Theresa May. Photo: Getty
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How would the Daily Mail report other policies through history if they were announced by Theresa May?

At last, someone is cracking down on Princes in the tower. 

Something strange has happened. A disturbance in the force.

The Daily Mail . . .  likes someone?

We know, it's eerie. 

This morning, the paper has responded to news that older people will be expected to pay more for their care - something it had previously attacked as a "death tax" - by rejoicing that: "EVERYONE can defer care bill - and keep £100k assets". 

And when the Conservatives announced action on energy bills - previously decried by the paper as likely to "make the lights go out" - it was welcomed as a "crackdown on energy rip-offs". As Ed Miliband's former adviser tweeted:

 

This got the Mole wondering. How would other policies through history have been reported by the Daily Mail had they been announced by Theresa May? Here are a few suggestions:

Logan's Run

MAY'S BIG IDEA TO CUT CARE BILLS

The Black Death

MAY: I'LL MAKE IT EASIER TO GET ON THE PROPERTY LADDER

French Revolution

MAY'S CAKE FOR ALL

Soviet show trials

MAY SWEEPS AWAY EU-LOVING JUDGES

Mary I's loss of Calais

FINALLY, WE'RE OUT OF EUROPE

 

The 1696 window tax

MAY: I'LL HELP FAMILIES SAVE ON SUNCREAM

The Puritan abolition of Christmas

MAY'S PRODUCTIVITY BOOST

MAY'S TURKEY REPRIEVE

MAY SAVES FAMILIES THOUSANDS ON NEEDLESS FOOT SPAS

Collective farming

MAY TO TACKLE OBESITY CRISIS

The cultural revolution

SPARROWS WERE OVER-RATED ANYWAY

King Herod's slaughter of male babies

MAY EASES PRESSURE ON SCHOOL PLACES

MAY'S BOOST FOR GIRLS' CHANCES IN STEM SUBJECTS

Death of the Princes in the Tower

MAY ENSURES STRONG, STABLE GOVERNMENT

Molotov-Ribbentrop pact

MAY'S NEW SPECIAL RELATIONSHIP

Opium Wars

AT LAST, A SENSIBLE CONVERSATION ON DRUGS

Roman withdrawal of legions in AD410

FINALLY, EUROPE IS OUT OF US

I'm a mole, innit.

Getty Images.
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Theresa May missed an easy opportunity on EU citizens' rights

If the UK had made a big, open and generous offer, the diplomatic picture would be very different.

It's been seven hours and 365 days...and nothing compares to EU, at least as far as negotiations go.

First David Davis abandoned "the row of the summer" by agreeing to the EU's preferred negotiating timetable. Has Theresa May done the same in guaranteeing the rights of EU citizens living here indefinitely?

Well, sort of. Although the PM has said that there have to be reciprocal arrangements for British citizens abroad, the difficulty is that because we don't have ID cards and most of our public services are paid for not out of an insurance system but out of general taxation, the issues around guaranteeing access to health, education, social security and residence are easier.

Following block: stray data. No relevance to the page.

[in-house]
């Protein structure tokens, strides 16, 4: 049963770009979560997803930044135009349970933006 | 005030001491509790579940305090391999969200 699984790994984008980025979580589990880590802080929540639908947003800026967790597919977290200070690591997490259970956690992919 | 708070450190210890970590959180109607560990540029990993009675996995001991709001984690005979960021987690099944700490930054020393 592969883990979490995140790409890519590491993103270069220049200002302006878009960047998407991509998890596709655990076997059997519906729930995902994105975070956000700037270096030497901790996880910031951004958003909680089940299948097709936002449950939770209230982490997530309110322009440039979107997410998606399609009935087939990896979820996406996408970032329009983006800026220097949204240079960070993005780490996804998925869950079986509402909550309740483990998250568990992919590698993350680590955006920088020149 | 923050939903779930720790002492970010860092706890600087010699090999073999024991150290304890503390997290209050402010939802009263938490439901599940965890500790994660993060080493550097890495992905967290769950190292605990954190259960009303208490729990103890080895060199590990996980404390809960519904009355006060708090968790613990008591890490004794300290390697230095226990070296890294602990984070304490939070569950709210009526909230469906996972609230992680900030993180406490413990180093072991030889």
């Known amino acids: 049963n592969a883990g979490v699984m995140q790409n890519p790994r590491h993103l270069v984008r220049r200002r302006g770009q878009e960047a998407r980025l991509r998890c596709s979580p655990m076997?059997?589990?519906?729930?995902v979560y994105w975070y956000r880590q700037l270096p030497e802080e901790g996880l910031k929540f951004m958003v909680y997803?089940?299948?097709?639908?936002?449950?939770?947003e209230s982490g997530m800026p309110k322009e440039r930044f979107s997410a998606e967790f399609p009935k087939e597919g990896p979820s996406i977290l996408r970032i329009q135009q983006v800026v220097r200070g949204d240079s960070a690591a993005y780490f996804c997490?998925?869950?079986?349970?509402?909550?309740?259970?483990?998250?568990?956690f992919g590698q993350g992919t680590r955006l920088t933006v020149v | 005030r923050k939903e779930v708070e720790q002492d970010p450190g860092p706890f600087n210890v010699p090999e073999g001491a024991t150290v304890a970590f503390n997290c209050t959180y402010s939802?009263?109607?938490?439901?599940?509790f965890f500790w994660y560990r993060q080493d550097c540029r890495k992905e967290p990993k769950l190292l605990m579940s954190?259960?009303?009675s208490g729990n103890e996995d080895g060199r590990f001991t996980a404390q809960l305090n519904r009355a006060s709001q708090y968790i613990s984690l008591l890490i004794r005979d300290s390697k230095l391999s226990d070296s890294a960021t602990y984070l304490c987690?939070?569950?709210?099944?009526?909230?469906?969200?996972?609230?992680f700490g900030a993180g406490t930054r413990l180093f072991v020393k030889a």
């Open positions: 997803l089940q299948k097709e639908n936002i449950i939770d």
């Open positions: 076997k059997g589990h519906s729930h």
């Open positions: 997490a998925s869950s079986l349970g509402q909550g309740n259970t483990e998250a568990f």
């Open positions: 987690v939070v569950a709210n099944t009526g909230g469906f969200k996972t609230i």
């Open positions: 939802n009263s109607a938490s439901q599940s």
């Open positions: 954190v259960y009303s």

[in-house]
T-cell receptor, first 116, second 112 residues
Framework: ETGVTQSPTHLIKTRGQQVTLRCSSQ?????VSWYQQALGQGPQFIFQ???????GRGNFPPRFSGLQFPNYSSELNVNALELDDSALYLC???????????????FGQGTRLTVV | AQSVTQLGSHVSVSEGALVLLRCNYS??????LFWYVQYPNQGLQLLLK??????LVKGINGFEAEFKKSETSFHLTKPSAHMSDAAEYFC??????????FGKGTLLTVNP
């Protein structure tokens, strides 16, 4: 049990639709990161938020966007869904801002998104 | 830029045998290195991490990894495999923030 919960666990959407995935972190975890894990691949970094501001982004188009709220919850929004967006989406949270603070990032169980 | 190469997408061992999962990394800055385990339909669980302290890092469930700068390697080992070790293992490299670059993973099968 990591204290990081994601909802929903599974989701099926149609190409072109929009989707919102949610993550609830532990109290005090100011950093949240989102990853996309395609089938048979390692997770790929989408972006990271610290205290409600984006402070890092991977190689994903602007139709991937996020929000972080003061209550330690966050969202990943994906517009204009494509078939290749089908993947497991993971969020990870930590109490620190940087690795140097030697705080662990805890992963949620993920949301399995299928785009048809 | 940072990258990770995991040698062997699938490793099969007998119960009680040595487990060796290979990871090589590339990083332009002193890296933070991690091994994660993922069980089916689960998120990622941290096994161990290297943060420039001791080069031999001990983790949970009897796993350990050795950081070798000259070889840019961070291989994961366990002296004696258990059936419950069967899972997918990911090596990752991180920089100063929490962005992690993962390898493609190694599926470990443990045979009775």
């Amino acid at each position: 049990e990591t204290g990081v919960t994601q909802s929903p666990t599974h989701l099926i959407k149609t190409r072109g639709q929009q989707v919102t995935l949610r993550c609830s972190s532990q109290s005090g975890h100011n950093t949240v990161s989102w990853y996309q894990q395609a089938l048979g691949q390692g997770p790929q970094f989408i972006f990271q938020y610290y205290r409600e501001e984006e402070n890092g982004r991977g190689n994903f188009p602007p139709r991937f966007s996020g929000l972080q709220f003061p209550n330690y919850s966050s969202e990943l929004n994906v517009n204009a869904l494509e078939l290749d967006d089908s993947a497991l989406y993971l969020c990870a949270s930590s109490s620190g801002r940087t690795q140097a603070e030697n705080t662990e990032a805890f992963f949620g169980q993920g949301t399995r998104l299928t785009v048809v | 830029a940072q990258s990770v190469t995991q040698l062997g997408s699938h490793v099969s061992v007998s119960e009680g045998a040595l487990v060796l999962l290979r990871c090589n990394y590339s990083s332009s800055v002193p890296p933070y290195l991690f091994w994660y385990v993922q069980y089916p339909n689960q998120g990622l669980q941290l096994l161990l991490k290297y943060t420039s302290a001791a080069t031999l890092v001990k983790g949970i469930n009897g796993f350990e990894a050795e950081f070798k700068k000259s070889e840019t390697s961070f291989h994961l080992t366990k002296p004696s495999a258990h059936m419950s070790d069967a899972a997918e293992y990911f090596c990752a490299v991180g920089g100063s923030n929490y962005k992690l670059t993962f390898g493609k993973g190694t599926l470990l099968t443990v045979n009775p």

Our ability to enforce a "cut-off date" for new migrants from the European Union is also illusory, unless the government thinks it has the support in parliament and the logistical ability to roll out an ID card system by March 2019. (It doesn't.)

If you want to understand how badly the PM has managed Britain's Brexit negotiations, then the rights of the three million EU nationals living in Britain is the best place to start. The overwhelming support in the country at large for guaranteeing the rights of EU citizens, coupled with the deep unease among Conservative MPs about not doing so, meant that it was never a plausible bargaining chip. (That's before you remember that the bulk of the British diaspora in Europe lives in countries with small numbers of EU citizens living in the UK. You can't secure a good deal from Spain by upsetting the Polish government.) It just made three million people, their friends and their families nervous for a year and irritated our European partners, that's all.

If the United Kingdom had made a big, open and generous offer on citizens' rights a year ago, as Vote Leave recommended in the referendum, the diplomatic picture would be very different. (It would be better still if, again, as Vote Leave argued, we hadn't triggered Article 50, an exit mechanism designed to punish an emergent dictatorship that puts all the leverage on the EU27's side.)

As it happens, May's unforced errors in negotiations, the worsening economic picture and the tricky balancing act in the House of Commons means that Remainers can hope both for a softer exit and that they might yet convince voters that nothing compares to EU after all. (That a YouGov poll shows the number of people willing to accept EU rules in order to keep the economy going stretching to 58 per cent will only further embolden the soft Brexiteers.)

For Brexiteers, that means that if Brexit doesn't go well, they have a readymade scapegoat in the government. It means Remainers can credibly hope for a soft Brexit – or no Brexit at all. 

Stephen Bush is special correspondent at the New Statesman. His daily briefing, Morning Call, provides a quick and essential guide to domestic and global politics.

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